Thankfully, however, Powerhouse Films have dragged Castle Keep out the shadows to present a region-free Dual Format Edition as part of the Indicator series so that cult film fans can reappraise this underrated cinematic gem. Now, if only I can find that score….
• High Definition re-master
• Original mono audio
• Alternative 4.0 Surround sound track
• The John Player Lecture with Burt Lancaster (1972, 100 mins): audio recording of an interview conducted by Joan Bakewell at the National Film Theatre, London
• The Lullaby of War (2017, 18 mins): a new interview with actor Tony Bill, who played Lieutenant Amberjack, about his experiences making Castle Keep
• Eastlake at USD (1968, 29 mins): an archival, videotaped interview with author William Eastlake
• Original theatrical trailer
• New and improved English subtitles for the deaf and hard-of-hearing
• Limited edition booklet with a new essay by Brad Stevens, archival interviews with Sydney Pollack and Burt Lancaster, and original pressbook material
Ray Harryhausen’s legendary Sinbad adventures restored and on Blu-ray in the UK for the very first time!
THE 7TH VOYAGE OF SINBAD (Nathan Juran, 1958)
The film for which director Nathan Juran (who also did TV’s Lost in Space and Land of the Giants amongst others) will be remembered and a huge box office smash at the time of its cinema release. Kerwin Matthews takes the title role as the fearless Sinbad who sails into troubled waters to save a princess (Kathryn Grant) cursed by an evil magician (played with gleeful menace by Torin Thatcher) who wants to get his hands on a magic lamp and its genie. But the real stars of this rousing Arabian Nights adventure are, of course, Ray Harryhausen’s incredible stop motion animated monsters, most notably his glowering Cyclops and chained dragon. Believe it or not, the scene involving the sword-fighting skeleton warrior was originally cut by the British censors as being too frightening! How times have changed.
THE GOLDEN VOYAGE OF SINBAD (Gordon Hessler, 1973)
Ray Harryhausen pulls out more Dynamation magic for this second Sinbad adventure which sees John Phillip Law’s seafarer battle a one-eyed centaur, a six-armed sword-wielding Kali idol, a gryphon, and a homunculus as he seeks out the fabled Fountain of Destiny to restore the disfigured face of the Grand Vizier of Marabia (Douglas Wilmer). Phillip Law might look the part, but he makes for a rather dull hero, while an eye-catching Caroline Munro is in desperate need of more dialogue (and where does a runaway slave get so many snazzy outfits from?). Tom Baker, however, chews the scenery in true pantomime villain style, and it was on the back of his performance that he landed the Doctor Who gig – and changed his life forever.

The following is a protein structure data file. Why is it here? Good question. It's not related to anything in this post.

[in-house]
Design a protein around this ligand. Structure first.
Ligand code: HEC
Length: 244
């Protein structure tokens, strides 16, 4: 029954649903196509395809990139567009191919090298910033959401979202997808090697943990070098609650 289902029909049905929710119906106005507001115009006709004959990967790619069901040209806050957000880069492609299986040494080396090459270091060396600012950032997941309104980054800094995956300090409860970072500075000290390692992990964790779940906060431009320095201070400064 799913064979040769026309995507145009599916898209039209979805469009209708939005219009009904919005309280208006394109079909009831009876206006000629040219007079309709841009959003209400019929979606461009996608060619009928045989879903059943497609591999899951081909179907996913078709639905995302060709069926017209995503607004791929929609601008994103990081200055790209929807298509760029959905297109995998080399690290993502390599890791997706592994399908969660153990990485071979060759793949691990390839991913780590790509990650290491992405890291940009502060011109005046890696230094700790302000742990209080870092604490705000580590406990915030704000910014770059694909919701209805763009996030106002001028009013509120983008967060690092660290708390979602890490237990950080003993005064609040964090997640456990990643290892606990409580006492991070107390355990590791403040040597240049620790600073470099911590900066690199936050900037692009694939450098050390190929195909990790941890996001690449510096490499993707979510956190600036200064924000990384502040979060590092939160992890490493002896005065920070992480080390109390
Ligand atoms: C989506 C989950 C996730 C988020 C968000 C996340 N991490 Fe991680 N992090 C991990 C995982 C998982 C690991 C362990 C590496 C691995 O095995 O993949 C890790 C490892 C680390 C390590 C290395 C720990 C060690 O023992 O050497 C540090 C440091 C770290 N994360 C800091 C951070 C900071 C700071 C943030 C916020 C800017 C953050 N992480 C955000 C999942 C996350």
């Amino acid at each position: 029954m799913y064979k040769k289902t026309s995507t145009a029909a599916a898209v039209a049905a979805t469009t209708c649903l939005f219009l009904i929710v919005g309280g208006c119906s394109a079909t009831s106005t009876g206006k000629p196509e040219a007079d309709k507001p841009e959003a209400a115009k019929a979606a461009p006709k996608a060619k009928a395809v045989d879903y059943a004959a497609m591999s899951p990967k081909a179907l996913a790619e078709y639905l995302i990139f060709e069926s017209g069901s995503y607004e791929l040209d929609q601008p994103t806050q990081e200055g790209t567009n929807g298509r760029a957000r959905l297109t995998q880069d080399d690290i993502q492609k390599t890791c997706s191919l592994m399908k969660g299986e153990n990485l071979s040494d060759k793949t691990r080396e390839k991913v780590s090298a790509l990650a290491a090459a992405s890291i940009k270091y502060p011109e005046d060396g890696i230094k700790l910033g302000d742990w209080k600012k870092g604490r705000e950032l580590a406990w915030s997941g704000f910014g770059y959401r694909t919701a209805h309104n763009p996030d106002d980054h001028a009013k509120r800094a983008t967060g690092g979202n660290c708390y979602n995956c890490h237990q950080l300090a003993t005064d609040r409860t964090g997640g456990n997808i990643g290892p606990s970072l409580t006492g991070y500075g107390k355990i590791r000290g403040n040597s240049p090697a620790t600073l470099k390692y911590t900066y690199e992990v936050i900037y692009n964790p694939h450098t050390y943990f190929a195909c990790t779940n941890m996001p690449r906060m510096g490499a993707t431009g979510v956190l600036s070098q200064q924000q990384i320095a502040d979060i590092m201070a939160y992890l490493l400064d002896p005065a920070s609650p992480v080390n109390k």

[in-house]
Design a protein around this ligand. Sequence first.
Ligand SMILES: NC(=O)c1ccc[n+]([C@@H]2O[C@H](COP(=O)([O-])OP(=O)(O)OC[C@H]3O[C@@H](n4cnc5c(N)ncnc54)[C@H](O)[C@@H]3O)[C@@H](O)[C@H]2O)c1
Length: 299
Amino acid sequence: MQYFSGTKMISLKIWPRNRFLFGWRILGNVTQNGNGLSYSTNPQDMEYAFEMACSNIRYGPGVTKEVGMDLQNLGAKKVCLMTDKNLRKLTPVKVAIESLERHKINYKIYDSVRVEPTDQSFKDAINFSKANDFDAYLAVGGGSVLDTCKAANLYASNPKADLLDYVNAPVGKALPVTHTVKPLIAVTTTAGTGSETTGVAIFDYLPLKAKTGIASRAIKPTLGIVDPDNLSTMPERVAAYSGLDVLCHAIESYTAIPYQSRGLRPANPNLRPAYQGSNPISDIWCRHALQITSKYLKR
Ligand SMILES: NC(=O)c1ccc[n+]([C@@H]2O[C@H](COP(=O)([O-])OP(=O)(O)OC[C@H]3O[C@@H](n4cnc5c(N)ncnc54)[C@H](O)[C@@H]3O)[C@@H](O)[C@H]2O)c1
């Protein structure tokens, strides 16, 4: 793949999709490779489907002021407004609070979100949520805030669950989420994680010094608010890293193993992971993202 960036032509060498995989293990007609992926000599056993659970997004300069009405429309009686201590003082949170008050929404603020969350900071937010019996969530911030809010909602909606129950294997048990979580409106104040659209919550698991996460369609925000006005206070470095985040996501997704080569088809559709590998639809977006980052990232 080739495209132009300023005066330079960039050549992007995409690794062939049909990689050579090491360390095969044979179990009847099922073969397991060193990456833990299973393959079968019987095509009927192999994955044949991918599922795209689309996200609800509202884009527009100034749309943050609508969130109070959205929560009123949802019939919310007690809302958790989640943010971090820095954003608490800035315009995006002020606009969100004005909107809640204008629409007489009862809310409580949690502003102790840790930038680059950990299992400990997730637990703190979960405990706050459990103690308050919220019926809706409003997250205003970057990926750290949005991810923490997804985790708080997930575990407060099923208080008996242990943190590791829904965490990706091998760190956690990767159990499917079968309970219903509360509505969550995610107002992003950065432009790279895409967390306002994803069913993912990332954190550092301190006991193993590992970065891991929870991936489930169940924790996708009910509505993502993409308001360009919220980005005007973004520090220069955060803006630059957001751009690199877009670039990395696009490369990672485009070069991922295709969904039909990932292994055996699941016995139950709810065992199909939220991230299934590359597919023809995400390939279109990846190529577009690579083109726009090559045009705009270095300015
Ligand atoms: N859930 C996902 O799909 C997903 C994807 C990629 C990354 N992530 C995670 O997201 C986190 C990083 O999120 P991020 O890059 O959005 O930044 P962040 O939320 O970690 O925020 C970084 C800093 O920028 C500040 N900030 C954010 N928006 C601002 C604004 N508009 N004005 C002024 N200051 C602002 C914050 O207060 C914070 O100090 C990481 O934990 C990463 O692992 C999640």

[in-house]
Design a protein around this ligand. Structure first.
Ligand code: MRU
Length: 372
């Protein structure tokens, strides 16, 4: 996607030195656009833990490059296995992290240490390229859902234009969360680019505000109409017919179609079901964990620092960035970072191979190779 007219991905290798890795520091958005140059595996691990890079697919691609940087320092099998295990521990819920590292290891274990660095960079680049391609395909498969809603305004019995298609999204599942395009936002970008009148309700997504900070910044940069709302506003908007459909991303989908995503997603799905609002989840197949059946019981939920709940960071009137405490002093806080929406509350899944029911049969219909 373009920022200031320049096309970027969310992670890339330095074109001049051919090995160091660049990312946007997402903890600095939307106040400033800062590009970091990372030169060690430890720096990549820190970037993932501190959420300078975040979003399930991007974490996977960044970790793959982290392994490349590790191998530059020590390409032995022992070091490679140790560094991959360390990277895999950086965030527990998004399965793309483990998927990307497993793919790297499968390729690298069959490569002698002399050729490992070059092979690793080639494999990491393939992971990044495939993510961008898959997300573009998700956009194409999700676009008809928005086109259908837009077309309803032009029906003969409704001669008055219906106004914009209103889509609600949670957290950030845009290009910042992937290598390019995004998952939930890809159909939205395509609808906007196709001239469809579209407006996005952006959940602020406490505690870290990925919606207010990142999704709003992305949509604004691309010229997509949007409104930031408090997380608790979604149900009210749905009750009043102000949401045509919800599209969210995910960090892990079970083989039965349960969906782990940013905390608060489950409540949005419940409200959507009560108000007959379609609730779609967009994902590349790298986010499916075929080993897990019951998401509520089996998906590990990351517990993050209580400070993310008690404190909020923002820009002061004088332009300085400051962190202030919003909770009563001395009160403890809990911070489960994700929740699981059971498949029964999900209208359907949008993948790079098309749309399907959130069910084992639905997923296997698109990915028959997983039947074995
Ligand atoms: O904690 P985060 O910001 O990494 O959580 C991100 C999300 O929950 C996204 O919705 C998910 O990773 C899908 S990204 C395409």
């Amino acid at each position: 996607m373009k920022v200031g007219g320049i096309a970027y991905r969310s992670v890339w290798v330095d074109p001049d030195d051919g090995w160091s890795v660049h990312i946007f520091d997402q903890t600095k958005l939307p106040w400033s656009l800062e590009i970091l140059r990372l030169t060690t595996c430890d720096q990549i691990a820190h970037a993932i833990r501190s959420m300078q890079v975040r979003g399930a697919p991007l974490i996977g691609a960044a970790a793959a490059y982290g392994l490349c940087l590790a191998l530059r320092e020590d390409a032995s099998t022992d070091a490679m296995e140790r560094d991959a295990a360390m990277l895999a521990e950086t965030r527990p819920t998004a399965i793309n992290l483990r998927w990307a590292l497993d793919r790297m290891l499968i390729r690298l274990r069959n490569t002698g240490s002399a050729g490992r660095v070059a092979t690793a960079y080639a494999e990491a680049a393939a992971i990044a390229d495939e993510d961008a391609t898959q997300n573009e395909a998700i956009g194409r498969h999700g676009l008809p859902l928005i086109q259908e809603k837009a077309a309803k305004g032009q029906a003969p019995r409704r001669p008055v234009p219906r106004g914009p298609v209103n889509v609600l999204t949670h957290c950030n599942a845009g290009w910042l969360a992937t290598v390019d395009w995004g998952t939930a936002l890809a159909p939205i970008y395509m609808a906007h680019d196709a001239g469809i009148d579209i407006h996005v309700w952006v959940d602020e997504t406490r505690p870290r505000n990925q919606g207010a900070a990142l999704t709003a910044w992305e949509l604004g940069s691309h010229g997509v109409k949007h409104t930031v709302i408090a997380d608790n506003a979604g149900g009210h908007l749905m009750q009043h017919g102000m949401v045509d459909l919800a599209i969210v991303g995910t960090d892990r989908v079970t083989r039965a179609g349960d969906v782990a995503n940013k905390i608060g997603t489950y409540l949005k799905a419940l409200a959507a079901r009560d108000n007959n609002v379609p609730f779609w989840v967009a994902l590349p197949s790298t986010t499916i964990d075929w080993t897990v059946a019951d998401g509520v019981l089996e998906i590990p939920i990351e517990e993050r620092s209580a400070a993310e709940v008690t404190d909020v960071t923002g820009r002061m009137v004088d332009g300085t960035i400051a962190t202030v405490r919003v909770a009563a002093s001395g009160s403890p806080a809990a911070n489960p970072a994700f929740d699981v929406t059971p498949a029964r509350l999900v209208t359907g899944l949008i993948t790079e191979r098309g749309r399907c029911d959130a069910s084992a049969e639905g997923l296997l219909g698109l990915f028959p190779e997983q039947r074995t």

SINBAD AND THE EYE OF THE TIGER (Sam Wanamaker, 1977)
Sinbad’s escapades get a colourful (well it is the 1970s) injection in this final Arabian Nights adventure starring Patrick Wayne (son of John) who along with Jane Seymour’s Princess Farah take on an army of Ray Harryhausen’s special effects creatures in their attempt to undo the spell on the princess’ brother (Damien Thomas), who has been turned into a baboon by Margaret Whiting’s sorceress, Zenobia. Harryhausen is at the top of his game here – his three ghouls, troglodyte and robotic bronze Minoton (played by an uncredited Peter Mayhew in the close-ups) being the stand-out. And while the saber-toothed tiger might look more cuddly than fierce, its the back-projection work employed in the location scenes at Petra in Jordan and the Hyperborea-set climax that really let the team down.
These classic adventures are presented here in new restorations on Blu-ray for the very first time in the UK and they look terrific (check out my comments below). Plus, you’ve got some exclusive interviews with Tom Baker, Caroline Munro and Jane Seymour, as well as some super archival interviews with Harryhausen and producer Charles H Schneer and loads more.
INDICATOR LIMITED EDITION SPECIAL FEATURES:
• New 4K restoration of The 7th Voyage of Sinbad from the original camera negative (absolutely loved this restoration, especially the sound which brings Bernard Herrmann’s score to the fore).
• 2K restorations of The Golden Voyage of Sinbad (this one has grain problems in the low-light shots and night-time scenes) and Sinbad and the Eye of the Tiger from the original camera negatives (also a little grain in the night-time shots, but otherwise an excellent transfer – despite the inherent production flaws).
• Mono and 5.1 surround sound audio options
• The 7th Voyage of Sinbad audio commentary with Ray Harryhausen
• Previously unreleased audio interviews with Ray Harryhausen and producer Charles H Schneer
• New interviews with actors Tom Baker (his Catholic indoctrination story had been me in stitches), Caroline Munro (who thought John Phillip Law was a dreamboat) and Jane Seymour (who never got to any of the exotic locations used in the film hence the terrible back projection)
• New interview with SFX maestro Phil Tippett
• Original Super 8 cut-down versions (these are a real treat, despite having no sound)
• Archival documentaries (all of them fascinating), interviews and featurettes (loved the Trailers from Hell one with Brian Trenchard-Smith on The 7th Voyage of Sinbad, and one on Bernard Herrmann)
• Original trailers and promotional films
• Isolated scores by Bernard Herrmann, Miklós Rózsa and Roy Budd
• Promotional and on-set photography, poster art and archive materials
• Box set exclusive 80-page book with new essays, and film credits